Results: All patients (data from 30 wrists in each group) completed the study. Compared with the control group, at all post-injection time points, the D5W group had a significant reduction in pain and disability, improvement on electrophysiological response measures, and decreased cross-sectional area of the median nerve.

    Conclusion: Our study reveals that ultrasound-guided PIT with D5W is an effective treatment for patients with mild-to-moderate CTS.

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  • Is osteoarthritis a metabolic disease?

    Abstract

    Obesity, together with aging and injury, is among the main risk factors for osteoarthritis. Obesity-related osteoarthritis can affect not only the weight-bearing joints, but also the hands, suggesting a role for circulating mediators released by the adipose tissue and known as adipokines. Thus, osteoarthritis may have a systemic metabolic component. Evidence from both epidemiological and biological studies support the concept of metabolic osteoarthritis, defined as a broad clinical phenotype that includes obesity-related osteoarthritis. Thus, osteoarthritis can be related to metabolic syndrome or to an accumulation of metabolic abnormalities. In addition, studies have demonstrated associations linking osteoarthritis to several components of the metabolic syndrome, such as hypertension and type 2 diabetes, independently from obesity or any of the other known risk factors for osteoarthritis. Both in vitro and in vitro findings indicate a deleterious effect of lipid and glucose abnormalities on cartilage homeostasis. Chronic low-grade inflammation is a feature shared by osteoarthritis and metabolic disorders and may contribute to the genesis of both. Thus, osteoarthritis is emerging as a disease that has a variety of phenotypes including a metabolic phenotype, in addition to the age-related and injury-related phenotypes.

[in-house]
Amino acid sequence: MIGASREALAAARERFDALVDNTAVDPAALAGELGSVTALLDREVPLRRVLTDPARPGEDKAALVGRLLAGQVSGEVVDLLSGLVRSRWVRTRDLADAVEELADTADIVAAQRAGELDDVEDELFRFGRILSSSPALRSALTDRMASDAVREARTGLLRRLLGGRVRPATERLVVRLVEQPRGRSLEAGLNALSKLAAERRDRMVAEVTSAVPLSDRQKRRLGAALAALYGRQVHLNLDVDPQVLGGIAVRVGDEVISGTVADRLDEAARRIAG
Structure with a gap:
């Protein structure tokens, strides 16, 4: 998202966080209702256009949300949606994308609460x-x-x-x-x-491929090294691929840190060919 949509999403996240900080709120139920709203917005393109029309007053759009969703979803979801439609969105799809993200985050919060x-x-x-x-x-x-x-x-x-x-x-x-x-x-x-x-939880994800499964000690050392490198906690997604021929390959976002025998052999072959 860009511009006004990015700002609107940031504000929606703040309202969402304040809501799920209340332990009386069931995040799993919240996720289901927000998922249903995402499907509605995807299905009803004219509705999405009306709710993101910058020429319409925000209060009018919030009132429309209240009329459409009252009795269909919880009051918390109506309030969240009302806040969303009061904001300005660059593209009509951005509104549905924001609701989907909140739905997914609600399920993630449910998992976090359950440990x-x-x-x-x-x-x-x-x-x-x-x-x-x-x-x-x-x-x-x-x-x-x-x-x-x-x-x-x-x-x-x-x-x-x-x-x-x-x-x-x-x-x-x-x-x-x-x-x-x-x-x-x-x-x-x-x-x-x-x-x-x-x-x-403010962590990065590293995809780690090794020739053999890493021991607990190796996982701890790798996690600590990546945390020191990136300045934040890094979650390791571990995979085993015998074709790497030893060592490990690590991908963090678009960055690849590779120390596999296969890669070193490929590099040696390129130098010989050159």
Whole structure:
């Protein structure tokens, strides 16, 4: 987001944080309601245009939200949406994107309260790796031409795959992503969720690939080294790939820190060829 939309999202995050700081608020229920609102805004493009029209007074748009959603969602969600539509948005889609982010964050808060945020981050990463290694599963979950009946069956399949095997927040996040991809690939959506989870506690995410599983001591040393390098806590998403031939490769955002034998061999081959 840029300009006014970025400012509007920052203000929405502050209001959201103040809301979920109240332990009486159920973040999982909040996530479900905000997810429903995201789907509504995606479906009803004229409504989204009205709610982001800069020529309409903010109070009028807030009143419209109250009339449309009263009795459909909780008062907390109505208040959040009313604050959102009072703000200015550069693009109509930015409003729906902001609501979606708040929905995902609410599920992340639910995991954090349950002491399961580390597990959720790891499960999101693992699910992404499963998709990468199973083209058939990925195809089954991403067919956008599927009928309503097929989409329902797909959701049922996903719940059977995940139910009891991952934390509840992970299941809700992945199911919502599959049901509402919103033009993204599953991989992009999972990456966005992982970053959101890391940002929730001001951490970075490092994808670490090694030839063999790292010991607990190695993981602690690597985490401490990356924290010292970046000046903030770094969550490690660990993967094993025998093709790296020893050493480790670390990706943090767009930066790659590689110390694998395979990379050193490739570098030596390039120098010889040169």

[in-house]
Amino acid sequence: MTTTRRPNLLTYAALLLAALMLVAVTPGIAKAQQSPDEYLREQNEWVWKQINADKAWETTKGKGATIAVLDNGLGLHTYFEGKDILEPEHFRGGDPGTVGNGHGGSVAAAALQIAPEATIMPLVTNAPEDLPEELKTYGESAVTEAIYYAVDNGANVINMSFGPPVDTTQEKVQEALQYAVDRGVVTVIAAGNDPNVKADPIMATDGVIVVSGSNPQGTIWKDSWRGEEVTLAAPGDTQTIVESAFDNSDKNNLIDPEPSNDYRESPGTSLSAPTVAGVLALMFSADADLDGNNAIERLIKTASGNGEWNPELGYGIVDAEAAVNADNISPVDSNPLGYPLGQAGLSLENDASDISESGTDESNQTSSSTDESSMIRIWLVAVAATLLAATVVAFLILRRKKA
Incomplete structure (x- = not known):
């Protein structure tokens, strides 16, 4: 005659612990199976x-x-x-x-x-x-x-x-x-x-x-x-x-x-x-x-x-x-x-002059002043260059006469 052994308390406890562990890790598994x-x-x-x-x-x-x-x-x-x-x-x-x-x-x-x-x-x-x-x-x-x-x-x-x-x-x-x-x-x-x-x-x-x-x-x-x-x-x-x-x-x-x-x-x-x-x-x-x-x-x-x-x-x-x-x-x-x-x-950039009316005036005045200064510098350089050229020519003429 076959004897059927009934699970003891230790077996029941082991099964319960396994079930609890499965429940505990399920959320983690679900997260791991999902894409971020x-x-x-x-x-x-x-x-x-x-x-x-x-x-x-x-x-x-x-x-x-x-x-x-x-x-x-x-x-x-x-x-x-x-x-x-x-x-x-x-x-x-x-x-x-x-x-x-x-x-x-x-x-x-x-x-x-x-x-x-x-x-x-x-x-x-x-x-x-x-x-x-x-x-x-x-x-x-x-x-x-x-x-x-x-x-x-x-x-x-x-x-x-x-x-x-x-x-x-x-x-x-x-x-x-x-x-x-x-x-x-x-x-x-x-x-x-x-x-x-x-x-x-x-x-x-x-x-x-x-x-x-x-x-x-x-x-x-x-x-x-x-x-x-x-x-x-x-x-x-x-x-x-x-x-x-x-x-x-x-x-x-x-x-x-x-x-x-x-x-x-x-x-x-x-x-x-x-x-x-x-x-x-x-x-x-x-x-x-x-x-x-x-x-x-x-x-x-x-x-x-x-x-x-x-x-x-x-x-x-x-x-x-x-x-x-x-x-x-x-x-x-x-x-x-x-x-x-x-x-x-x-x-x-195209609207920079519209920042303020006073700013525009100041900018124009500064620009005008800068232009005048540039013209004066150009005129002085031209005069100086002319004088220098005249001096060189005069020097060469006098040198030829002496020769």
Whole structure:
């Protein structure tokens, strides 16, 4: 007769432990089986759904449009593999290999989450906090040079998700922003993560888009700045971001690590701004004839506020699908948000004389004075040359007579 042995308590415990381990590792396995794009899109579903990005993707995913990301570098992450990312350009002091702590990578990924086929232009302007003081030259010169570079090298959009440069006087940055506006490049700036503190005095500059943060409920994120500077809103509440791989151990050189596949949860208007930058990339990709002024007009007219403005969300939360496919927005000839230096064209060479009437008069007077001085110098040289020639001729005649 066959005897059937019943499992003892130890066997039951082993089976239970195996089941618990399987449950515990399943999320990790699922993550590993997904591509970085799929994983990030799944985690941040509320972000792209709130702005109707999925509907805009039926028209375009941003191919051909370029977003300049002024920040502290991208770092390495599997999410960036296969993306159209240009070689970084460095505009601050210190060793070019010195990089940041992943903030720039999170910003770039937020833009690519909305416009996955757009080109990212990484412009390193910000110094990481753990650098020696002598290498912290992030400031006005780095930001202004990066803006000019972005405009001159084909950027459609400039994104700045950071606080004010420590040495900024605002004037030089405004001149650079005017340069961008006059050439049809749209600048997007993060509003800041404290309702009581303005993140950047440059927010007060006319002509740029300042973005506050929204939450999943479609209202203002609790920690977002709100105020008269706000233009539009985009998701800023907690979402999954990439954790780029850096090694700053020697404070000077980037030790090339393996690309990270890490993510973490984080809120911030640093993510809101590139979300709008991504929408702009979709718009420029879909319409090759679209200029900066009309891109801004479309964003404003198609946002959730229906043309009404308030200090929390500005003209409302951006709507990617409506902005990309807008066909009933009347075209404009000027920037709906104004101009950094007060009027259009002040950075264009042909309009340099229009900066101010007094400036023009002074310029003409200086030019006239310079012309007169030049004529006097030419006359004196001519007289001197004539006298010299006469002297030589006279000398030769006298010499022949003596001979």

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  • The effectiveness of platelet-rich plasma injections in gluteal tendinopathy - a randomised, double-blind controlled trial comparing a single platelet-rich plasma injection with a single corticosteroid injection.

    Abstract

    Importance: Gluteus medius/minimus tendinopathy is a common cause of lateral hip pain or greater trochanteric pain syndrome.

    Objective: There would be no difference in the modified Harris Hip score between a single Platelet-Rich-Plasma (PRP) injection compared to a corticosteroid injection (CSI) in the treatment of gluteal tendinopathy.

    Design: Randomised Controlled Clinical Trial; Level of evidence 1, recruitment 29 May 2013 to May 2015, follow-up September 2016. Treating/assessing clinicians and subjects were blinded to treatment. PARTICIPANTS: 228 consecutive patients referred with gluteal tendinopathy were screened to enrol 80 participants. 148 excluded (refusal 48, previous surgery 39, sciatica 28, osteoarthritis 17, full thickness tears tendons 17, other 22).

    Conclusion: Patients with chronic gluteal tendinopathy >4 months, diagnosed with both clinical and radiological examinations, achieved greater clinical improvement at 12 weeks when treated with a single PRP injection than those treated with a single corticosteroid injection.